Former U.S. Ambassador to Israel David Friedman made his way to the Gulf in service of his role hosting of an upcoming documentary series by the Christian Trinity Broadcasting network, which promises “sit-down interviews with former President Trump, former Vice President Mike Pence, former Secretary of State Mike Pompeo, senior presidential advisor Jared Kushner, and Benjamin Netanyahu.”

The production of a series glorifying the accords on Christian television reflects the investment the leaders of the powerful evangelical voting bloc feel toward them (the deal’s biblical name is widely viewed to be an acknowledgement of the Christians’ role in pushing them forward).

Acknowledging that the Trump-Netanyahu era gave them an unprecedented position of power and prestige, evangelicals engaged in Middle East politics are now uncertain whether – and to what extent – they will have a seat at the table in the future.

“Trump opened the door wider to evangelicals than anyone had before and Netanyahu has always been open to engagement with evangelical leaders,” Parsons said. “We’ve had meetings with Lapid in the past, and more limited contact with Bennett. I do believe that Bennett and Lapid will be interested in reaching out to evangelists and building a relationship.”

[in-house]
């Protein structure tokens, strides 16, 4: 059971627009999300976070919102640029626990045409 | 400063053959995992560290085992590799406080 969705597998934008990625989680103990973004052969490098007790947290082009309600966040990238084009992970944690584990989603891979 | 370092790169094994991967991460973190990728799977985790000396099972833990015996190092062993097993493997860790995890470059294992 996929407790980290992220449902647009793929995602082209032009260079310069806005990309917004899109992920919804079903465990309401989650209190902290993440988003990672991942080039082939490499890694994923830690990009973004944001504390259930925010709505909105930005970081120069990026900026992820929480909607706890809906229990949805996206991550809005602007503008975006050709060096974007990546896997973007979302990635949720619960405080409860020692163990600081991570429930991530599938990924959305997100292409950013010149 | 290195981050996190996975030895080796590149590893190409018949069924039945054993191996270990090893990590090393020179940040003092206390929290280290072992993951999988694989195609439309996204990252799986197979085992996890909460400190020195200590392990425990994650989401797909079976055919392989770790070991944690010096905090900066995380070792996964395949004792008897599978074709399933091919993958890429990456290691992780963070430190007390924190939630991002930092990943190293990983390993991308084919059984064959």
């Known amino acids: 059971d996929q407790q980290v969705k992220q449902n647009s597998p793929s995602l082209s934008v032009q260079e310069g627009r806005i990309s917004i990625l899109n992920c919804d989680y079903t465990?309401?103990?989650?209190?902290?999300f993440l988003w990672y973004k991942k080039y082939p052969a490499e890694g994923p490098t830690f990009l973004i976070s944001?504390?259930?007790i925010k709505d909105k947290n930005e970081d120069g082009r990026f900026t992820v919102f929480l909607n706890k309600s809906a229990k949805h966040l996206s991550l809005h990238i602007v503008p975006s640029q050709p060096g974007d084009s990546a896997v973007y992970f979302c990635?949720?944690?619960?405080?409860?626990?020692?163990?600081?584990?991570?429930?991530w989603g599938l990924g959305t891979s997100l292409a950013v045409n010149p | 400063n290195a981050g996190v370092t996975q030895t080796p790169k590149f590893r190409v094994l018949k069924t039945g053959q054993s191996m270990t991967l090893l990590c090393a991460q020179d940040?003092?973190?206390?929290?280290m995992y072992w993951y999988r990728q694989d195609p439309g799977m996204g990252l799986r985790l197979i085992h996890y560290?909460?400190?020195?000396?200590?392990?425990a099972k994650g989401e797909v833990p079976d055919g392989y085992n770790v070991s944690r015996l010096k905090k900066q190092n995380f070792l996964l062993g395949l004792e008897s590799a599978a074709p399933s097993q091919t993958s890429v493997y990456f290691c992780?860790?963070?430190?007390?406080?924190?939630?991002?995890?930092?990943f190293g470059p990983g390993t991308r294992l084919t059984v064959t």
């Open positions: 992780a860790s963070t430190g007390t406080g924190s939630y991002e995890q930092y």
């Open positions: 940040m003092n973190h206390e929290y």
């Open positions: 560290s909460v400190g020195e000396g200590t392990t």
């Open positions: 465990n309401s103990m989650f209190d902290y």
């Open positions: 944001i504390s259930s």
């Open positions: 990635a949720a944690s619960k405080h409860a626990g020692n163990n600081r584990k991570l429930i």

Rosenberg said there is a “mistaken belief in the Israeli political sphere that the evangelicals are somehow wedded to Bibi. We do love former Prime Minister Netanyahu because of his policies as well as his outreach to Christians. But we all knew a day would come when the mantle would pass to someone else.”

Both men had far lower expectations when it came to U.S. President Joe Biden, although Rosenberg said he doesn’t share the views of Republicans who charge that Biden is not on board with expanding the accords because they represent a Trump achievement. He believes that Biden’s involvement will come in time, particularly as ties strengthen between the countries themselves.

While noting that pro-Israel Christian evangelicals are worried about the current president’s engagement toward Iran, he said they are pleased at the extent to which the U.S. president “stood with Israel” during the Gaza conflict and appears to be “keeping the anti-Israel lunatics in his party at bay.”

“There are so many issues in which our community will oppose Biden: on abortion, on excess spending, on Iran,” Rosenberg added. “But if he does things that are right, like building on the Abraham Accords, I, for one, will say so.”